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Opinions of Wednesday, 23 February 2022

Columnist: Abdul Rahman Odoi

The struggle to somebodiness: Martin Luther King Jr.

Martin Luther King Jr, Social Activist Martin Luther King Jr, Social Activist

A summary of hundred pages of Luther’s autobiography, impeccably edited by Clayborne Carson, hinges on a tidal wave of racial slur and the difficulty of negro existence in the Black Community of Montgomery, a capital city of the U.S. state of Alabama.

The narration took the form of his early days as a child and the parental support he had had from his religious parents. Followed by his college life which was intertwined with his ultimate love for God, and subsequently becoming a Reverend.

But swiftly, the reader has put to mirror the rapacious segregation the whites supremacist at the time were priding themselves therewith.

Luther Jr. was only eight years when he got slapped by a white lady who couldn’t say anything better than that the little him had stepped on her foot. A negro dares not to retaliate in such an instance because a white person was involved. Even so, in Atlanta, negro kids could not go to the common park alone. Not to say to be enrolled in the so-called white school. Swimming too was out. He, personally, couldn’t go to some of the stores downtown to get hamburgers or coffee.

The racialism didn’t stop. He would grow later in life to the realization that the negro had been submerged into deep dirty drainage of “nothingness” by the white supremacist. They, through a series of waged protests, as a black community, came together and formed the Montgomery Improvement Association (MIA). And lo, Luther was elected to head the movement to restore the negro’s “somebodiness” in Montgomery.

White supremacists had created a segregation system to demean the black colored people. They believe that negress deserves the rear seat of public transport. The negro is worthless, black and backward, hence, even in the bus, they ought to be at the rear. A negro mustn’t sit on the empty seats in a bus, even when white persons aren’t onboard. They should stand while the bus moves about half-fulled.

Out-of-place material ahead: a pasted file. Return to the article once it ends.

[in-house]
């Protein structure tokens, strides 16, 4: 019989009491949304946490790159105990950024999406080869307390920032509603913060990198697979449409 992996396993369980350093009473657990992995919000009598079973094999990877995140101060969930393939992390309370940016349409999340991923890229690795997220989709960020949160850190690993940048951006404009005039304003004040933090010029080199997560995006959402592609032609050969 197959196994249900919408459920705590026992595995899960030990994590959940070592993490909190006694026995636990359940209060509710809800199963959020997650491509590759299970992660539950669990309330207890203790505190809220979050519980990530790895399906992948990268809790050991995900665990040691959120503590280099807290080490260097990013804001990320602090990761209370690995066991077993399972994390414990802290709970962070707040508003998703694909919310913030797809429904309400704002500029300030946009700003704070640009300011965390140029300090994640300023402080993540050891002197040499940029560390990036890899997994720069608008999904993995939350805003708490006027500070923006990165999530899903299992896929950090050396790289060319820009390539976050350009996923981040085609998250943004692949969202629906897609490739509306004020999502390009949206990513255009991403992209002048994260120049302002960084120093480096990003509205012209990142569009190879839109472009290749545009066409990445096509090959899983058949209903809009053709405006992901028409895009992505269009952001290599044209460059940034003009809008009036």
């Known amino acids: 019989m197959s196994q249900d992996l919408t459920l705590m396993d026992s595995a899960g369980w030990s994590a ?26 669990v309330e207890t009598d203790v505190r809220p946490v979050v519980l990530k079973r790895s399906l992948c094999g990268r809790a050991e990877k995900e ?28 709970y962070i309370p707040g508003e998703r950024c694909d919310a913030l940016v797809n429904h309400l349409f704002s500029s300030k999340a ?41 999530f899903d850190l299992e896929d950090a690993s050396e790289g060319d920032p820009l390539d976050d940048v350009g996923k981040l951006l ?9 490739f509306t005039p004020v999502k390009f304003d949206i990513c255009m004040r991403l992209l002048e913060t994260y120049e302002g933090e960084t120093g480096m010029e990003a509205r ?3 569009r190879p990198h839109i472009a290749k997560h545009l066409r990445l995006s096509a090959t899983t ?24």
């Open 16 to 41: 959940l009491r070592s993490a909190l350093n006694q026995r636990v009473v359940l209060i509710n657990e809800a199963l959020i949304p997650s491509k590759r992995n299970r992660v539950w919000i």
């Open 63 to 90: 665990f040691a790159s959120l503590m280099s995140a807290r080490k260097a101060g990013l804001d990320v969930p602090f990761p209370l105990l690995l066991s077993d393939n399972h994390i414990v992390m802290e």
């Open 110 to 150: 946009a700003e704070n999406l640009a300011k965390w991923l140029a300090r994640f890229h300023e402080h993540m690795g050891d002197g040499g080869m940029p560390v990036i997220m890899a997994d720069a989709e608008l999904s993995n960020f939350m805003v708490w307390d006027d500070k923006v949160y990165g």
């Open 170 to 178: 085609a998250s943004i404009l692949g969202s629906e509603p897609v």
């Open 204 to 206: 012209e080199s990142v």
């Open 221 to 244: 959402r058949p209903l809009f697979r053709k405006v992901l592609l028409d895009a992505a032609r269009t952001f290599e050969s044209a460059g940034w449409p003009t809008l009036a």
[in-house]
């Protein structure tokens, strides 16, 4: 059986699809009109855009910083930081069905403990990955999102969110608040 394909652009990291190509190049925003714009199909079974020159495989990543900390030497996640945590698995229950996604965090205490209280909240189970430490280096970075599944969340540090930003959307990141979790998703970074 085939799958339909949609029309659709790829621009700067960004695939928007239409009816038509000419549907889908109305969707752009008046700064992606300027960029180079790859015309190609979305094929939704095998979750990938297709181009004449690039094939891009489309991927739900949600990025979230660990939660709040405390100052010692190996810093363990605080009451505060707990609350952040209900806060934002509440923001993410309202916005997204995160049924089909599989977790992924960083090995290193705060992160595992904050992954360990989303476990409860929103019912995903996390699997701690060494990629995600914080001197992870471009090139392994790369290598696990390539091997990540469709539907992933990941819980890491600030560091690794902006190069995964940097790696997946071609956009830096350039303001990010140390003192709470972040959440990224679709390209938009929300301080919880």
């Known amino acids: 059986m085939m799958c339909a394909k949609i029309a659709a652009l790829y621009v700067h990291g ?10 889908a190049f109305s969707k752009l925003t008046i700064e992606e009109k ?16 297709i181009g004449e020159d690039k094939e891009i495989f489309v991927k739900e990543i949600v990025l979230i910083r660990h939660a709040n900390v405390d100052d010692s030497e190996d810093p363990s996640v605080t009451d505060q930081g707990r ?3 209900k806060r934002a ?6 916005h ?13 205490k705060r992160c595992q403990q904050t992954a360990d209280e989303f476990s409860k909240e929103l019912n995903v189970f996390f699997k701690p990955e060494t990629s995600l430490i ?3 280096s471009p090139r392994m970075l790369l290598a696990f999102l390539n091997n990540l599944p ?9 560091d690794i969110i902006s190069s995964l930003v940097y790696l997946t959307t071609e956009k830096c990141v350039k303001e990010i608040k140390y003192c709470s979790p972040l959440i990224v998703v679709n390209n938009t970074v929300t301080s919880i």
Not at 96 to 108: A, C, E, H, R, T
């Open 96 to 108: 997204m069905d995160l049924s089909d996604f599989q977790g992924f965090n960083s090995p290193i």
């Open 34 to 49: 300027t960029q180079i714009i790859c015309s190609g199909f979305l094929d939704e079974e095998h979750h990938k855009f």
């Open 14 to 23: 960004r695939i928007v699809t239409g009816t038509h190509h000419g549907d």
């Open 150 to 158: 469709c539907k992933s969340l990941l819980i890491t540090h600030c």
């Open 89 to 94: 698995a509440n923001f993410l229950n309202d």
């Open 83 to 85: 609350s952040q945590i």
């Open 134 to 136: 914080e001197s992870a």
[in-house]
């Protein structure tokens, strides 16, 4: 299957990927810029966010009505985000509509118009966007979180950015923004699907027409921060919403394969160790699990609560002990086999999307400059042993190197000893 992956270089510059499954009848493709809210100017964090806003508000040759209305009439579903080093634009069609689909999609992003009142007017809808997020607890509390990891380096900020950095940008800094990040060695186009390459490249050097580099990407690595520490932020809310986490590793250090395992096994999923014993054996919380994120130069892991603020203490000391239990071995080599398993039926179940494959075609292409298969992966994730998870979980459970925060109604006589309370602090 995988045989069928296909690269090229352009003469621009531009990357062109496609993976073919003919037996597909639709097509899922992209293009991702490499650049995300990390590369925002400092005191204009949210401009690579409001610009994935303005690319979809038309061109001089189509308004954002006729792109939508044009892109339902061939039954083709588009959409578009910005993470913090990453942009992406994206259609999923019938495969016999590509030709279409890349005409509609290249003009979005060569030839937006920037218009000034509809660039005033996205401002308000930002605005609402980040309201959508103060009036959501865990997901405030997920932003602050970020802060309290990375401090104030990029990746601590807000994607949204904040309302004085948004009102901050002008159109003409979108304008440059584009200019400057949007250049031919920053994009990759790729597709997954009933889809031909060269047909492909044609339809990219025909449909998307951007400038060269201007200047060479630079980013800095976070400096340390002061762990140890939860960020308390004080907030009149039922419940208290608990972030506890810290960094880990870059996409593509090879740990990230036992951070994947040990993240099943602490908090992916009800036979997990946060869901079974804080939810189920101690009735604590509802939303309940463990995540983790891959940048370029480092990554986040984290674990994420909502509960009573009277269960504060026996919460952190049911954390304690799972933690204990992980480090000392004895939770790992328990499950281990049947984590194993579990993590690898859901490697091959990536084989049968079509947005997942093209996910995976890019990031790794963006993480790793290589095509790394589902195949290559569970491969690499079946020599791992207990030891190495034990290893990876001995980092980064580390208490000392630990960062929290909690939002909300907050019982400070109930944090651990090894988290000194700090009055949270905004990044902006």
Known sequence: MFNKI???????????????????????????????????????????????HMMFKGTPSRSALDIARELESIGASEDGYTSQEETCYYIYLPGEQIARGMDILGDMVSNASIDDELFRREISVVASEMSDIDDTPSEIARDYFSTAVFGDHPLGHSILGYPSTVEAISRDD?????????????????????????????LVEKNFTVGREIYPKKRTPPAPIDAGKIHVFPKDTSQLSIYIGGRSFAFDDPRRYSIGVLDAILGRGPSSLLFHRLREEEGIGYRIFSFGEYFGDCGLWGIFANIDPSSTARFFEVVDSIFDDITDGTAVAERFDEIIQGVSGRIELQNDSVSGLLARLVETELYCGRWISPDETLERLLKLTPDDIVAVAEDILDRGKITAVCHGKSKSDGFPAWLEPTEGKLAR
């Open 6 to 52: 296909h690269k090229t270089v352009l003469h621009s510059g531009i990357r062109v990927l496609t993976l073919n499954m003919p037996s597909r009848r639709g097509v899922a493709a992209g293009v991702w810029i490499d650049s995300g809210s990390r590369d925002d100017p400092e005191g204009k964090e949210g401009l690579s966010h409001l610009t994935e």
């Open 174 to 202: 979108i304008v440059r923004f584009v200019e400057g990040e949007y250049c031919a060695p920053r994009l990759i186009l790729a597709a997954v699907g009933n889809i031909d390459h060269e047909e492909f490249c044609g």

The first move of (MIA) was to wrestle the strict segregation system. They led a Montgomery bus boycott riot. These agitations had taken turns and started simmering when Luther Jr. was illegally arrested for overspeeding, albeit his car was moving at a normal speed. The black community didn’t rest on that bad news. They had come to realize that ‘black lives matter. Ralph Abernathy, his confidant, was the first to have arrived at the jail. And was prepared to pay some cash bond for Luther’s release, because he couldn’t afford to wait to see his friend tomorrow, as suggested by the jailer. They (negro) thronged in the City Jail of Montgomery. The result was Luther King Jr. released.

In order to discourage the (MIA), Luther’s home was boomed. But his wife, Correta Scott, who was very instrumental with selfless sacrifices in the course of the movement, and baby, Yoki, weren’t injured. Thank God.